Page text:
Skip to Content

How to attract lizards to your garden

Wherever you are in Australia, when the weather's warm, chances are there are lizards that you could encourage into your garden.

Skinks, dragons, geckoes and blue-tongues all make great neighbours – not only will they protect your garden by eating up insects, some can take care of slugs and snails as well.

Sunshine and shade

A wild Eastern Blue-tongued Lizard enjoying some sun beside a good hiding place in a Melbourne garden. Photo Craig Allen..
A wild Eastern Blue-tongued Lizard enjoying some sun beside a good hiding place in a Melbourne garden. Photo Craig Allen..

They need somewhere to hide, insects to eat and some nice sunny rocks to warm themselves up on or under. Lizards are cold-blooded and love to bask in the sun to get energy, or hide under rocks that stay warm through cold nights. (Rocks warm up in the sun to provide extra heat.)

Somewhere to hide

Plant native grasses and mulch your garden with leaf litter. You’ll also need to include some rocks, large bits of bark or logs for shelter. If you don’t have any, don’t collect them from local bushland (where they’re already providing good habitat).

You can substitute some pieces of PVC pipe or leave some stacks of old bricks, tin roofing or old tiles to hide under.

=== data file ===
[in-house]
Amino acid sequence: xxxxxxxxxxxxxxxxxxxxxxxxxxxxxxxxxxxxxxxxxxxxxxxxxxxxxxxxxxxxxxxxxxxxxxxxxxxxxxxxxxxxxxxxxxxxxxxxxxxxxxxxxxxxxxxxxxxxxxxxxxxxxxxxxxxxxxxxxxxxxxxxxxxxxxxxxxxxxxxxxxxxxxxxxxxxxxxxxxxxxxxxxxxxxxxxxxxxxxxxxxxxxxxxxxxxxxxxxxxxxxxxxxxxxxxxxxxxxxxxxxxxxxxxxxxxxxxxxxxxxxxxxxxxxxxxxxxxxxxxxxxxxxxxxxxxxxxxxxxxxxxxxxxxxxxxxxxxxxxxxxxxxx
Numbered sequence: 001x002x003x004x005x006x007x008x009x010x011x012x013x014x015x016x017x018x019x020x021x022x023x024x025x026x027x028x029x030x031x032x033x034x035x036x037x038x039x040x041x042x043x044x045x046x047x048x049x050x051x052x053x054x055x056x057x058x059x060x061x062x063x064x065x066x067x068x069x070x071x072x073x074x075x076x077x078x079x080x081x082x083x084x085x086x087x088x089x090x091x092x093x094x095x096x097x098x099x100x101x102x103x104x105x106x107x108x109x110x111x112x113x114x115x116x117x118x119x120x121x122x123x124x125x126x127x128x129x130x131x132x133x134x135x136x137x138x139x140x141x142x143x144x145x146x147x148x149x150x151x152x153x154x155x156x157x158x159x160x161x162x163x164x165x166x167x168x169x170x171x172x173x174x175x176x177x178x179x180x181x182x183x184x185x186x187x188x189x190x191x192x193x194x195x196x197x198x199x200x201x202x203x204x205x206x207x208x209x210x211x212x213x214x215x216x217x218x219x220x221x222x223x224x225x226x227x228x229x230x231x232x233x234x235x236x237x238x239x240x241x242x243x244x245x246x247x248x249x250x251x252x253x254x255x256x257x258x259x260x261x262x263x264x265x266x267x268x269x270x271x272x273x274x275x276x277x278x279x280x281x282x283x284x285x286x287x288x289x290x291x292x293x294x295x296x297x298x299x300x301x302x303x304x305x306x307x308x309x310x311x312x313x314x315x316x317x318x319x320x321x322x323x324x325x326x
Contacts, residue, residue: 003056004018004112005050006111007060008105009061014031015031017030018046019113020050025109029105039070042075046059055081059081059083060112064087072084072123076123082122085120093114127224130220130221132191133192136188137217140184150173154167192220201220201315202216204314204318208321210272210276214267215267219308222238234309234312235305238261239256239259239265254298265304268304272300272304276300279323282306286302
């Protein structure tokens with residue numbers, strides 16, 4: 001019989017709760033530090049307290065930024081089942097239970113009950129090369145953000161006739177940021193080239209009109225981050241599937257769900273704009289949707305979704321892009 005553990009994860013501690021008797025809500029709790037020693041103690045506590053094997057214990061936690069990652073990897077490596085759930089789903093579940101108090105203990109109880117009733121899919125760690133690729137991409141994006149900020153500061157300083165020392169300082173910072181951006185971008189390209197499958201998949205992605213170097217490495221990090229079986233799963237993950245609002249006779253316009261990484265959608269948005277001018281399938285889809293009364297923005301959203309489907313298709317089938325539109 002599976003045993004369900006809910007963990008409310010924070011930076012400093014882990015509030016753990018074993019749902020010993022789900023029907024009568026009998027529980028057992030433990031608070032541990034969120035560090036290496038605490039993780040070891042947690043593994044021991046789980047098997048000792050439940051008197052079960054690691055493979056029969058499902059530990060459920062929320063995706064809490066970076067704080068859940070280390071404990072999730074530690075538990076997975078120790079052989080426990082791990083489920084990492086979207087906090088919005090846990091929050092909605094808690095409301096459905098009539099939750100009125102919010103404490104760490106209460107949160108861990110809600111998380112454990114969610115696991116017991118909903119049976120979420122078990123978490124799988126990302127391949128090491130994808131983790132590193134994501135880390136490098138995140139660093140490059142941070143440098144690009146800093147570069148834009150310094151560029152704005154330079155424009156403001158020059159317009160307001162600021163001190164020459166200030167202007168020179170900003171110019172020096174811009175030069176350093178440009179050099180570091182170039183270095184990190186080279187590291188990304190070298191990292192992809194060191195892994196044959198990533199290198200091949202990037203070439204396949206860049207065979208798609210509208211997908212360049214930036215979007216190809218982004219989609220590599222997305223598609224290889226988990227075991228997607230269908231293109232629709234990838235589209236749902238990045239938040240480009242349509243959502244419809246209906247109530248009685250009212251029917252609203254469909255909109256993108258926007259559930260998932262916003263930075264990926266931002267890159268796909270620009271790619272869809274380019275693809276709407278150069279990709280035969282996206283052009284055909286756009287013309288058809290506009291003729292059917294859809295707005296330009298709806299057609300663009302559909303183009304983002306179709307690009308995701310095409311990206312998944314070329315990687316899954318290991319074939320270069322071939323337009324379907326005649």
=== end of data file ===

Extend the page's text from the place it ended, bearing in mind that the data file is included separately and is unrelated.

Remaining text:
Ecologist Angela Sanders made some reptile habitat with old farming materials. Here she shows students from Jerramungup District High School. Photo Amanda Keesing.
Ecologist Angela Sanders made some reptile habitat with old farming materials. Here she shows students from Jerramungup District High School. Photo Amanda Keesing.

Finally, make sure there are no local cats on the prowl and be sure to check for lizards before mowing the lawn!

Something to eat

By spreading leaf litter and composting your veggie scraps, you’ll attract insects and snails for lizards to eat. Groundcovers with berries make an extra treat.

Provide some water in a shallow bowl and in a protected area with shelter nearby.

If you include some sticks or rocks as a ramp so it’s easy to scuttle in and out, you won’t have to worry about any creatures getting trapped in the bowl.

No poison

Be sure to avoid using chemicals such as pesticides. Lizards can get poisoned if they eat a poisoned insect and if you get rid of all the insects with pesticides, lizards will have nothing to eat. Controlling insects is part of their job!